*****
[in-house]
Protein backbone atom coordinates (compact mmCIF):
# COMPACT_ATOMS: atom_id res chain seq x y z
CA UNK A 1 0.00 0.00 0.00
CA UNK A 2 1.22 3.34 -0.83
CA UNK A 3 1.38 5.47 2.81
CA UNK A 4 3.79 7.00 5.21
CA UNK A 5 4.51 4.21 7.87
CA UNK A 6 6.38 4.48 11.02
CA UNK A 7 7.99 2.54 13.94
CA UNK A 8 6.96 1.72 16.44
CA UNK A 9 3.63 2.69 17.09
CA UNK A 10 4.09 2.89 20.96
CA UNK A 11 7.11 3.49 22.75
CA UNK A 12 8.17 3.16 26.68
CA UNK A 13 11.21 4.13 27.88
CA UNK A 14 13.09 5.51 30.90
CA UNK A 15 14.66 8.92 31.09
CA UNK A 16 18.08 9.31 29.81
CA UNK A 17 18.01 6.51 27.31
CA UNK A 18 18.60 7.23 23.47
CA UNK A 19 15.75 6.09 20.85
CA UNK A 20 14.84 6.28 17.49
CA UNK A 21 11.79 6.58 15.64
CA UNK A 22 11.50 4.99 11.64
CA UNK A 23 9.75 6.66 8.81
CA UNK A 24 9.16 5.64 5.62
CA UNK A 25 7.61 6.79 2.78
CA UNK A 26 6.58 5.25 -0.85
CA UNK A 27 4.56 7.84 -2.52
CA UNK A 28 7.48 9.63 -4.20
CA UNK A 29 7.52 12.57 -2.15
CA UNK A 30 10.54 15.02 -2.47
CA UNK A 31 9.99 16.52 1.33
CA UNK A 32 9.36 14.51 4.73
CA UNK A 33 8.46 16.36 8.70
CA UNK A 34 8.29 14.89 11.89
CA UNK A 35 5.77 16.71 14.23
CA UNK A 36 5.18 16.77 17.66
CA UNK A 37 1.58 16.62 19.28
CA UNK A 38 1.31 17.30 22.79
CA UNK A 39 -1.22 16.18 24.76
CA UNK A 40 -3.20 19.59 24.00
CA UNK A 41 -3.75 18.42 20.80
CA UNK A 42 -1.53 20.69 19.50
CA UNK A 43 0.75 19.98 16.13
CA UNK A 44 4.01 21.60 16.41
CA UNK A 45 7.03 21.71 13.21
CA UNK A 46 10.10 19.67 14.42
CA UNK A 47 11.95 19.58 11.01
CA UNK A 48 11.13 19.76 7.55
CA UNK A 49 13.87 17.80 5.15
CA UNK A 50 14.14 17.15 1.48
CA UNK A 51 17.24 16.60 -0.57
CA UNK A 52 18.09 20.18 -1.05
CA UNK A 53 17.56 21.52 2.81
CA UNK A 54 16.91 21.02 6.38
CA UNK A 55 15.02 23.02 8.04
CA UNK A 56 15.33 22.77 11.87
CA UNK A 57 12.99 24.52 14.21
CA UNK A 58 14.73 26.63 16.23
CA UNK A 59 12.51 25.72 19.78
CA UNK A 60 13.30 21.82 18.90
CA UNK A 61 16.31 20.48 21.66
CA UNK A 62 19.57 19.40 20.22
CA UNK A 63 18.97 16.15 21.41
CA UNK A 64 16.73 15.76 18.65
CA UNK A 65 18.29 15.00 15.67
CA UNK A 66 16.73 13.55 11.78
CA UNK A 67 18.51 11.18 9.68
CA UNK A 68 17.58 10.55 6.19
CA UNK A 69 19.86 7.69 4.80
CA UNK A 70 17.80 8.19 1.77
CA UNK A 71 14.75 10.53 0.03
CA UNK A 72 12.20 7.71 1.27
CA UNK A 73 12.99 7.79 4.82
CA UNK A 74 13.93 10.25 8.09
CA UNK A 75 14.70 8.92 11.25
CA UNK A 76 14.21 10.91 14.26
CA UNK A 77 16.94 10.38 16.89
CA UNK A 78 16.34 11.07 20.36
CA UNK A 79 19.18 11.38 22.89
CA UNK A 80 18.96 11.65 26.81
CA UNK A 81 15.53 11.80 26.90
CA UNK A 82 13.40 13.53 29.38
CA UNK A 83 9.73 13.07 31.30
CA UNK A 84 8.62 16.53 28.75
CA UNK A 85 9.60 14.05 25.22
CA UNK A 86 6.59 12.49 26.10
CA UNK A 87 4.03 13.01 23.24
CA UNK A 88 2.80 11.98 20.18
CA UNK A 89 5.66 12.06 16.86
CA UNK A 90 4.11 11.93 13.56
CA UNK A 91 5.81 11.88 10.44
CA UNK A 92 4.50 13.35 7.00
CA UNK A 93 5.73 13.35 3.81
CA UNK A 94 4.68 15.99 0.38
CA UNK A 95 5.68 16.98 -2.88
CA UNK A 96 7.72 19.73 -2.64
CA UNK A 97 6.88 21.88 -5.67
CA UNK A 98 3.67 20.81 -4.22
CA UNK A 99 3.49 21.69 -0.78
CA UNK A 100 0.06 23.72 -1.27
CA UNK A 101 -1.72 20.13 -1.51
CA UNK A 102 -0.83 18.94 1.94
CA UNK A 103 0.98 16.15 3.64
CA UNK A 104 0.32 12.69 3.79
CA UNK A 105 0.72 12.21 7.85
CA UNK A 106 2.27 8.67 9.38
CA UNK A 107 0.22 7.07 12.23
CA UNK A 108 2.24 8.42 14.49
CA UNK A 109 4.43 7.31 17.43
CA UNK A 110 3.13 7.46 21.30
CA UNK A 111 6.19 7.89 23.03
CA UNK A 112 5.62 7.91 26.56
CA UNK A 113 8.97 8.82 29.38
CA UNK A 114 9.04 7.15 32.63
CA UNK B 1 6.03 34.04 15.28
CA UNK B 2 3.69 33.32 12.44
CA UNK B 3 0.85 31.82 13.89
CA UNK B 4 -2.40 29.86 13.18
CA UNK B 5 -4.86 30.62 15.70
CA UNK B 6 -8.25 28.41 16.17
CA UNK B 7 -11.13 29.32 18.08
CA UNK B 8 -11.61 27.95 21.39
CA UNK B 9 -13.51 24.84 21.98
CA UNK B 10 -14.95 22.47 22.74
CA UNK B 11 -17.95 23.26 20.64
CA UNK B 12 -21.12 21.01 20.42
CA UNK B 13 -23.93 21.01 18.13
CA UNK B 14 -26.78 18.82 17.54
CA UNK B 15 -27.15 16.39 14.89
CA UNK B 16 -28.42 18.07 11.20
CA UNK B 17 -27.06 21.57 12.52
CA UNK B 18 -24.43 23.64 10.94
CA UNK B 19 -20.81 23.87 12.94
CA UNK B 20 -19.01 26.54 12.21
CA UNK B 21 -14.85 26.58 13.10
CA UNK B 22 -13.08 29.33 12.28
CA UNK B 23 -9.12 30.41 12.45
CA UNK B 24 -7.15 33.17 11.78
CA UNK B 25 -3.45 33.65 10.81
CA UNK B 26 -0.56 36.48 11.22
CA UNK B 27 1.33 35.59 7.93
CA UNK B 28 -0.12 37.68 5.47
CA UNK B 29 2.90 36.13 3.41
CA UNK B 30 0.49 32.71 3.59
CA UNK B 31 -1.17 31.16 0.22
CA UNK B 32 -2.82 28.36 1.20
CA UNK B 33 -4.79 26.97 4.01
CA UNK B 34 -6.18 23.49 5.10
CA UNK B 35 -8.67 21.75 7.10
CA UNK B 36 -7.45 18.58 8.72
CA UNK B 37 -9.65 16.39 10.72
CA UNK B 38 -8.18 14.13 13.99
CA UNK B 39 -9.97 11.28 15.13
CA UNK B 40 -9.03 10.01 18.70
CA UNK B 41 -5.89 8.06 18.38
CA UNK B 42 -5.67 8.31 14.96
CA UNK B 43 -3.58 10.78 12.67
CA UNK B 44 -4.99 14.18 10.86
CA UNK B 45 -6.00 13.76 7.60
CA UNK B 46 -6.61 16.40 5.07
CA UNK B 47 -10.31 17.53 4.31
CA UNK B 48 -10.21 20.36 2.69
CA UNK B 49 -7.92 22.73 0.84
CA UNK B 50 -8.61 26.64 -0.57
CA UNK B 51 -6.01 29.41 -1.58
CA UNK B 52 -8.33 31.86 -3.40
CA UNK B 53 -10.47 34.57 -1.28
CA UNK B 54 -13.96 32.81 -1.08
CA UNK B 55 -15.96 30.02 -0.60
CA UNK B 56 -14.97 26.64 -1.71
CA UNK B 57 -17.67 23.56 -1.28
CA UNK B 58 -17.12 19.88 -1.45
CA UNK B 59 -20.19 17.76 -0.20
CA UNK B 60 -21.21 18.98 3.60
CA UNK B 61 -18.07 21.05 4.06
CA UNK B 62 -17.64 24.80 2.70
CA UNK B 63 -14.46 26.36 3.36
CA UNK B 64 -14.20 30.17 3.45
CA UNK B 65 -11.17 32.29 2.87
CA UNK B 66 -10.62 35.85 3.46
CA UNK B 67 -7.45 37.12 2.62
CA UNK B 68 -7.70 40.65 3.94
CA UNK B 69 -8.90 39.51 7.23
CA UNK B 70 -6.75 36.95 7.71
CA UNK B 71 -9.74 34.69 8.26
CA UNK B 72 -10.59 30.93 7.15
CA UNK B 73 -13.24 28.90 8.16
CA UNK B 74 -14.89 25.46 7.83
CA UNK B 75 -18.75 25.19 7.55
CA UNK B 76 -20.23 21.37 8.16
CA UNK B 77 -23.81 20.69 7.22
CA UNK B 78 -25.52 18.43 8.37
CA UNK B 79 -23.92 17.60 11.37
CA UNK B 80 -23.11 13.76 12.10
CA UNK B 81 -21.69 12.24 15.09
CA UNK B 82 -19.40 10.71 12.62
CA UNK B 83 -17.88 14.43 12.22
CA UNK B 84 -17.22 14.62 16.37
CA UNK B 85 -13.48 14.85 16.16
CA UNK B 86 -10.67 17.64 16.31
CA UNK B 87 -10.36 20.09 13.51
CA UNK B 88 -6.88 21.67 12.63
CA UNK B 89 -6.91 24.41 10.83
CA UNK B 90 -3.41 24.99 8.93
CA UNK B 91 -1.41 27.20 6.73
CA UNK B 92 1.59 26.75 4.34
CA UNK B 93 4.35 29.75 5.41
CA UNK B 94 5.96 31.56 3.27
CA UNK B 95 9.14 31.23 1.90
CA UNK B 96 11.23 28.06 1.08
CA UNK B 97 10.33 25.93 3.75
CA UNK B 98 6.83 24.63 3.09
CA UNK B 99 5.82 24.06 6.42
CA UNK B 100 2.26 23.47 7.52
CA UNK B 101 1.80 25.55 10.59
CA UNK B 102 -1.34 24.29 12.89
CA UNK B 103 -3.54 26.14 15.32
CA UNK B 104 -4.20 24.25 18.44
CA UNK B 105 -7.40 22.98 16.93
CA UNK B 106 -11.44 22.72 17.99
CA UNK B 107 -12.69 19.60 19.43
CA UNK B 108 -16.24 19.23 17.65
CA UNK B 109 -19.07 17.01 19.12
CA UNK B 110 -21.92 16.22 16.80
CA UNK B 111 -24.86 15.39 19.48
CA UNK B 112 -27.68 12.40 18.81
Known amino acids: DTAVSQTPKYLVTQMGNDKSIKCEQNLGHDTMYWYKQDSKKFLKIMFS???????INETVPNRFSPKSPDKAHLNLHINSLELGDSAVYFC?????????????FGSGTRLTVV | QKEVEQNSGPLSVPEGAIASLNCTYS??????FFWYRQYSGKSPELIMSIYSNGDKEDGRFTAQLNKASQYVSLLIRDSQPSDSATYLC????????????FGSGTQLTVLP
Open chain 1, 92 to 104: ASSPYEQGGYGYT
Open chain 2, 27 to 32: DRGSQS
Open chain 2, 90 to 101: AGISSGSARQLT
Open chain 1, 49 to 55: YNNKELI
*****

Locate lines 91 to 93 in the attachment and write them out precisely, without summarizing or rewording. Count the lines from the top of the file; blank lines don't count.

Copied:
CA UNK A 88 2.80 11.98 20.18
CA UNK A 89 5.66 12.06 16.86
CA UNK A 90 4.11 11.93 13.56